Should Schools Perform Shakespeare if They're Not Learning Shakespeare?

download.jpg
  • Arianna Engnell

Shakespeare wrote (avoiding the conspiracy theories) some of the best-known literature in the world in an unbelievable way. His words operate as a director's guide for the actor, which makes both the actor's and director's job easier, in theory. The actor's experience is easier if they know how to tackle the Shakespearean language. The poetics are far more complex than people might think with prose, in-verse, and blank verse scansion and all the poetics and imagery of his style. I am thankful to my high school directors who encouraged the understanding of the Shakespearean language. I pose this question with a challenge: are Shakespearean plays worth it if you will not show your kids how to do them?

Is it worth having middle schoolers and high schoolers do Shakespeare shows when they are not introduced to the opportunity of doing the scansion and leaning into poetry correctly? There is more to Shakespeare than just understanding what you are saying, and many grade school productions have shown just how few kids understand what they're saying.

Understanding what Shakespeare is communicating is incredibly important. Some kids need help because a lack of understanding can also be seen in the modern plays in which they also act. I propose that if you choose to do a Shakespearean show, invest your time in helping them understand the language and teach them how to do scansion. Send them home before auditions or after the read-through to watch John Barton's series "Playing Shakespeare." It is perfect for the modern kid to watch someone show them how it is supposed to be done instead of reading or hearing how it is done. I completely understand how you might think that most of your kids will not do anything that requires more work. Too many kids? Introduce them to Barton on YouTube. You will have at least one who rises to the occasion to better their understanding (that kid will mostly be the one who pursues theatre as a career). Teach and encourage for that kid.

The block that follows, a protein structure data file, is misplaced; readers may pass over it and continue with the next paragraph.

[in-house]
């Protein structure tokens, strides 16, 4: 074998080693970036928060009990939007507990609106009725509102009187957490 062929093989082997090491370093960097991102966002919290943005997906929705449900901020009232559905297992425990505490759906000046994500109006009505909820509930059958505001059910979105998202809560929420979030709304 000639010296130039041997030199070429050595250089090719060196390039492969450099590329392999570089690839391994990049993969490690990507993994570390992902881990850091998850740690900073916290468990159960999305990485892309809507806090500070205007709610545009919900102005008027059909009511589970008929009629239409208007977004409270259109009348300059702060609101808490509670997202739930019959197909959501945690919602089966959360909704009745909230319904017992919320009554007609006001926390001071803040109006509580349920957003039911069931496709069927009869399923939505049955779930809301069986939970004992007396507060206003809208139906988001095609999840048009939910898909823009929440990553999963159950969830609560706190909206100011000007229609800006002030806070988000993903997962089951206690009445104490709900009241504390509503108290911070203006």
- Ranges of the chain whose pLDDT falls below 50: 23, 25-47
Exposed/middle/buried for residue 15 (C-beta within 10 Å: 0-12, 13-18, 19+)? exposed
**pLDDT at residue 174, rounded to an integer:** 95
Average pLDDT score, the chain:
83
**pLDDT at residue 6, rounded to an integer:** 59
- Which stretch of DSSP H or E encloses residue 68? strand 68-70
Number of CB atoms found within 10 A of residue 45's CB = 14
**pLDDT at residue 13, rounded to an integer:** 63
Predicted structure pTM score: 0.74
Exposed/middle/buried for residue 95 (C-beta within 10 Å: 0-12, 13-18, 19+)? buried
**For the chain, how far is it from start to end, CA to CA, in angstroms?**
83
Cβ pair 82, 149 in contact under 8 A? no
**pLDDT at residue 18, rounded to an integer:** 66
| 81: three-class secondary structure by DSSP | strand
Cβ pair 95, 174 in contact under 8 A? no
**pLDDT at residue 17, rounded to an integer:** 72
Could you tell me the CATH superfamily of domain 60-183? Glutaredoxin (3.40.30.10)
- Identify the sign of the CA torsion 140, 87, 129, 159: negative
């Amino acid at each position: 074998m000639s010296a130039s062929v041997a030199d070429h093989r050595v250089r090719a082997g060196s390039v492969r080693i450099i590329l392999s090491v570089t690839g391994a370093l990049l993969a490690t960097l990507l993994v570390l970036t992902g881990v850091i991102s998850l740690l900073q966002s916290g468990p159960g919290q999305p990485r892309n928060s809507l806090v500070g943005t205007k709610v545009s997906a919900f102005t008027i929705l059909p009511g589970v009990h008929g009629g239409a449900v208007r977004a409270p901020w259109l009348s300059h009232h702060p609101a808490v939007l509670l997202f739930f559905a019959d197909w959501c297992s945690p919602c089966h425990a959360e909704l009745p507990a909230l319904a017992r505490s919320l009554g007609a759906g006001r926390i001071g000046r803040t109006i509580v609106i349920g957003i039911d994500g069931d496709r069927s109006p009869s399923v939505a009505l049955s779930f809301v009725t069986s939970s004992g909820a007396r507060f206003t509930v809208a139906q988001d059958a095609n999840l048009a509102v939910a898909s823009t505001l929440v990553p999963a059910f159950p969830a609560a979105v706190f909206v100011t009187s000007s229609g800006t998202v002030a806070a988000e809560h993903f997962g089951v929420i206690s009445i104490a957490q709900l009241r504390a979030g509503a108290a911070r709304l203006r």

If you decide not to, I'll ask, again, is it worth it? Is it worth it to your kids to do a show they do not understand and probably detest out of the frustration as a result? That is one of the most common denominators of why people dislike Shakespeare: lack of understanding. Is it worth it to your audiences who will most likely struggle to follow along?

A lot of kids do not even realize the poetics that make up Shakespearean language and would most likely jump at bettering their understanding. I think it is far more difficult for kids to adopt the beauty and format of scansion after doing multiple Shakespeare shows in their regular cadence. It is easier for someone who has never done Shakespeare before to jump in when they have a good teacher. I had one in my Acting Shakespeare class, but wow, were my bad habits incredibly challenging to break.

Finding the balance of naturalism and the heightened language is why there are so few great Shakespearean actors. I think audiences would have a better time watching a high school or middle school production if it was led by a "bad" actor who understands what they were saying and the poetics than a usually good actor who has no understanding of what they are saying. The tempo of the show will be a whole lot longer with someone who does not understand. The plot, like David Mamet, would fiercely declare, is far more important than the characters. I'll reiterate: if you do not have the time to help your kids, have them watch the Barton videos or pick a different play. To flip the age-old actor question on you, what is your motivation to do Shakespeare?

(I did my best to avoid making a pun out of one of Shakespeare's famous lines.)